The oil shocks of the late 1970's not only severely affected the United States, they had a tremendous impact on the rest of the world. Brazil decided right away to do something about this, and thanks to that decision, they are ahead of the biodiesel fuel revolution by leaps and bounds. Using economic reasoning, Brazil realized the most efficient means of gaining footing on OPEC was to introduce a substitute that would effectively compete. The government introduced such substantial tax breaks for ethanol cars between 1983 and 1988 that by the end of the 80's, 90% were powered by the fuel.
Now, with the introduction of "flex" vehicles, (allowing users to choose their fuel mix ratios) the consumer has more power than it did by relying solely on oil based fuel. Not to mention, creating thousands of jobs in Brazil's poorest regions also helps the economy tremendously. It not only gives jobs to those that would never previously have been able to attain one, but it substantially reduces the strain on many Brazilian cities, of which large parts tend to be slums. Producing sugar cane ethanol is "profitable as long as oil costs more than $37 a barrel."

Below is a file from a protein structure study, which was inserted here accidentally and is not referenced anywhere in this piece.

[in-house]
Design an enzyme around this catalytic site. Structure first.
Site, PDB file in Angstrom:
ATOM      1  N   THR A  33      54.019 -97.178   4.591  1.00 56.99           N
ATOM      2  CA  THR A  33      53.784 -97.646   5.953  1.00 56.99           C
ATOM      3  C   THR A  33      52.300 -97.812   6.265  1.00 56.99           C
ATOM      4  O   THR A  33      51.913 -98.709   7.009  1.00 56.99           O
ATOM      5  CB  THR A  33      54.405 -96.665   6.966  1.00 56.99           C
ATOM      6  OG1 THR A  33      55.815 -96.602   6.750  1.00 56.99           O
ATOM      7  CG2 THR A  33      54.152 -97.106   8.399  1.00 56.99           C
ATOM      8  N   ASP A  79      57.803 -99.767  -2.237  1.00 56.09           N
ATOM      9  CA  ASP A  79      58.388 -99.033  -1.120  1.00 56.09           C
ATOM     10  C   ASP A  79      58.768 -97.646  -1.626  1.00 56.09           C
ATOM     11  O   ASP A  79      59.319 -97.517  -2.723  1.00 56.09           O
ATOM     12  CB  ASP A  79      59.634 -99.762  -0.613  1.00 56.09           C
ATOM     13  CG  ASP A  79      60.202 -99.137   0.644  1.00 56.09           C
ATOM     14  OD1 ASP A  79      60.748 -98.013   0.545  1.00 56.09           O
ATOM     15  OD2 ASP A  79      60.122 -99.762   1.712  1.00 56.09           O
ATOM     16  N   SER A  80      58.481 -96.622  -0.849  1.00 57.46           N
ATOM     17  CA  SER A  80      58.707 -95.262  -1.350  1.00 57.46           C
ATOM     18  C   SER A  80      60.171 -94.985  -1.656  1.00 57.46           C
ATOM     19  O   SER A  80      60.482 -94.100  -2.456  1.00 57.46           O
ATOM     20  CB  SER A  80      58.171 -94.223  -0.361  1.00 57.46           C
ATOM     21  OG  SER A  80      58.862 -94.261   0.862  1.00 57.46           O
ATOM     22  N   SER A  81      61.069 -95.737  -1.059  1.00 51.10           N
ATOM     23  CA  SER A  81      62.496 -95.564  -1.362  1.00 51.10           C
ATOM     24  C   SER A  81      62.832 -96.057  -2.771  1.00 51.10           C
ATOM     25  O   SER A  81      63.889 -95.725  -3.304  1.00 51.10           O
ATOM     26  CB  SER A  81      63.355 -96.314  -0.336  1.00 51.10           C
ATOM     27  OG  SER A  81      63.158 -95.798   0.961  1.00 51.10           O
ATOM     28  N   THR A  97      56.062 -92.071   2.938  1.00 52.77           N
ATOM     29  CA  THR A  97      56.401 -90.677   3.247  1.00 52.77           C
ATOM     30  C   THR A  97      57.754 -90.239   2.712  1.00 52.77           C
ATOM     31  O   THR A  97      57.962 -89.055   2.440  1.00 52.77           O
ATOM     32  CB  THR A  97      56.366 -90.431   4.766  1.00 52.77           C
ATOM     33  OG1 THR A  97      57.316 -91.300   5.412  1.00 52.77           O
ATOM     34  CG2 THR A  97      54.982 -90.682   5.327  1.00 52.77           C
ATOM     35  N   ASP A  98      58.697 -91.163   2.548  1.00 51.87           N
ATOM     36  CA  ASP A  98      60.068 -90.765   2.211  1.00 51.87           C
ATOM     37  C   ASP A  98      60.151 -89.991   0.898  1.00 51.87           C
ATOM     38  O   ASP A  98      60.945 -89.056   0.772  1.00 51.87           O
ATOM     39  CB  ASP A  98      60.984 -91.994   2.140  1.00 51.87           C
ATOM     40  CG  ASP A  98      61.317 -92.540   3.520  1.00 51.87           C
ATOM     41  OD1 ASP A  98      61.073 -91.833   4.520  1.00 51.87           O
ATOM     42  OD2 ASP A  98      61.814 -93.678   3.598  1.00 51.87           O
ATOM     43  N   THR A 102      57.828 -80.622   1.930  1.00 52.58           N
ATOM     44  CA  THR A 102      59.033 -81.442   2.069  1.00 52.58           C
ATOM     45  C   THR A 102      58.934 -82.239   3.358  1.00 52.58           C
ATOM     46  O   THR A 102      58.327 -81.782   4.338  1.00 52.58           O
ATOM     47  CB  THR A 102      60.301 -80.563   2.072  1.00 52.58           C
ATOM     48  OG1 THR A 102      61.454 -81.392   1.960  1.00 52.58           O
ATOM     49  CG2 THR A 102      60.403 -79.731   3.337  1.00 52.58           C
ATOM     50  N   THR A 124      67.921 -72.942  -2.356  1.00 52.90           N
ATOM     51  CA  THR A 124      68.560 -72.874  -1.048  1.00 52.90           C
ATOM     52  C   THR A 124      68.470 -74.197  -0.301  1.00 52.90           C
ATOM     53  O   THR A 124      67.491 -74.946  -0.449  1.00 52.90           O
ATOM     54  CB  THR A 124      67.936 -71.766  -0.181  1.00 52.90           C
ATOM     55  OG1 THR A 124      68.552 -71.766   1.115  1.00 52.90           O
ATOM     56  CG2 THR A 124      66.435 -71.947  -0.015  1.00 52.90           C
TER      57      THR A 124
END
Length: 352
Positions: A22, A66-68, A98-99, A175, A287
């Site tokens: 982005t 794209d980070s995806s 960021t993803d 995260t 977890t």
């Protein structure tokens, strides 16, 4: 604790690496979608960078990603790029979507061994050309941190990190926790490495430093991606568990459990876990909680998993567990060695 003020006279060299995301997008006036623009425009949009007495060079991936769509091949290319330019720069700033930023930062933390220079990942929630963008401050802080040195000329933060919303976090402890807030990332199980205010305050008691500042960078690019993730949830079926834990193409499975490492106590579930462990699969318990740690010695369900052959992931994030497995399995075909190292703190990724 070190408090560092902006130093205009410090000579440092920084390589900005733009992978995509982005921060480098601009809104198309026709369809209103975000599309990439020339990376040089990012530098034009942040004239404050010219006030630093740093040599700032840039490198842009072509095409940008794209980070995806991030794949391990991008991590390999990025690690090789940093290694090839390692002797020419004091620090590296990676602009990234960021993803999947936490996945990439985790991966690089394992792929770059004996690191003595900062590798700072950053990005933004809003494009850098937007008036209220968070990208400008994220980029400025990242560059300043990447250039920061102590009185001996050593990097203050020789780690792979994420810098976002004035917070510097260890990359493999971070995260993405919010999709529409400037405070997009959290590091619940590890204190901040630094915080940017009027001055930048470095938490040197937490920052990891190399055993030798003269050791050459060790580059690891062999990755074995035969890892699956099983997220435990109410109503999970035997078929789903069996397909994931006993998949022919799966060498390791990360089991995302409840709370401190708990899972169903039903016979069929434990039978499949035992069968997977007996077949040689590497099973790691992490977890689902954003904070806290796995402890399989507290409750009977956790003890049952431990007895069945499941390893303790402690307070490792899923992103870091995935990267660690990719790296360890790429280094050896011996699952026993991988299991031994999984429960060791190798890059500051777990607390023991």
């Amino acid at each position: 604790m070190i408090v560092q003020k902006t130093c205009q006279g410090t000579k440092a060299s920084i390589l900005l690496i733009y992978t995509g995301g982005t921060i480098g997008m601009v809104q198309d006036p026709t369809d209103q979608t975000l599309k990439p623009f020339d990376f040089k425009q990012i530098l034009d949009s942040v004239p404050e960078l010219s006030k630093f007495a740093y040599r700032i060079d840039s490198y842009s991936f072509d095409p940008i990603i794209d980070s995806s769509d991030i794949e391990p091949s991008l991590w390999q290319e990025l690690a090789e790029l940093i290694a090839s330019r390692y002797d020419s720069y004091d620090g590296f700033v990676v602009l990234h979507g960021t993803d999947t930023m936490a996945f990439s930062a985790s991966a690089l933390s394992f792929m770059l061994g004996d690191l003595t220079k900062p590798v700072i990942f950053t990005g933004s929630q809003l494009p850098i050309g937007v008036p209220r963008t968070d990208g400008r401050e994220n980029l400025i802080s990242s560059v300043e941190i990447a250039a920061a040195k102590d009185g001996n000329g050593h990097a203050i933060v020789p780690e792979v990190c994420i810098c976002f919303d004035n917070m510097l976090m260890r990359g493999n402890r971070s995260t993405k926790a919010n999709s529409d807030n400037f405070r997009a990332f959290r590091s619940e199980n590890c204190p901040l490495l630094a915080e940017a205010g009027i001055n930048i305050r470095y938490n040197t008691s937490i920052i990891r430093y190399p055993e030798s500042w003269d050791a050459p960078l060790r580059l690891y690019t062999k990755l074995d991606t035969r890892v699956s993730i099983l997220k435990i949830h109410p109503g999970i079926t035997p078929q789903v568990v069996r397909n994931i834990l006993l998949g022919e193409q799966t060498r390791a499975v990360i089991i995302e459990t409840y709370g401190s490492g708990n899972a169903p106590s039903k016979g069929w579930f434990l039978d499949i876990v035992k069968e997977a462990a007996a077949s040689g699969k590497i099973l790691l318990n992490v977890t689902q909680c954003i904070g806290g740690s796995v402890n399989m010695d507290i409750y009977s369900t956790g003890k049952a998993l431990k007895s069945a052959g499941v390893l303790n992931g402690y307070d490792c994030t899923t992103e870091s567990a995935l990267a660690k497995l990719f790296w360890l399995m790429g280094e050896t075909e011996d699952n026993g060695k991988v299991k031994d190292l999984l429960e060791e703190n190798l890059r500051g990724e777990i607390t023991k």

I think from an efficiency standpoint, this seems to be an extremely efficient move by Brazil. Creating jobs within the country, reducing dependence on foreigners, reducing prices of fuel, and reducing stress on cities to support their impoverished populations are all benefits of this move. The only people that seem to be worse off are the OPEC guys.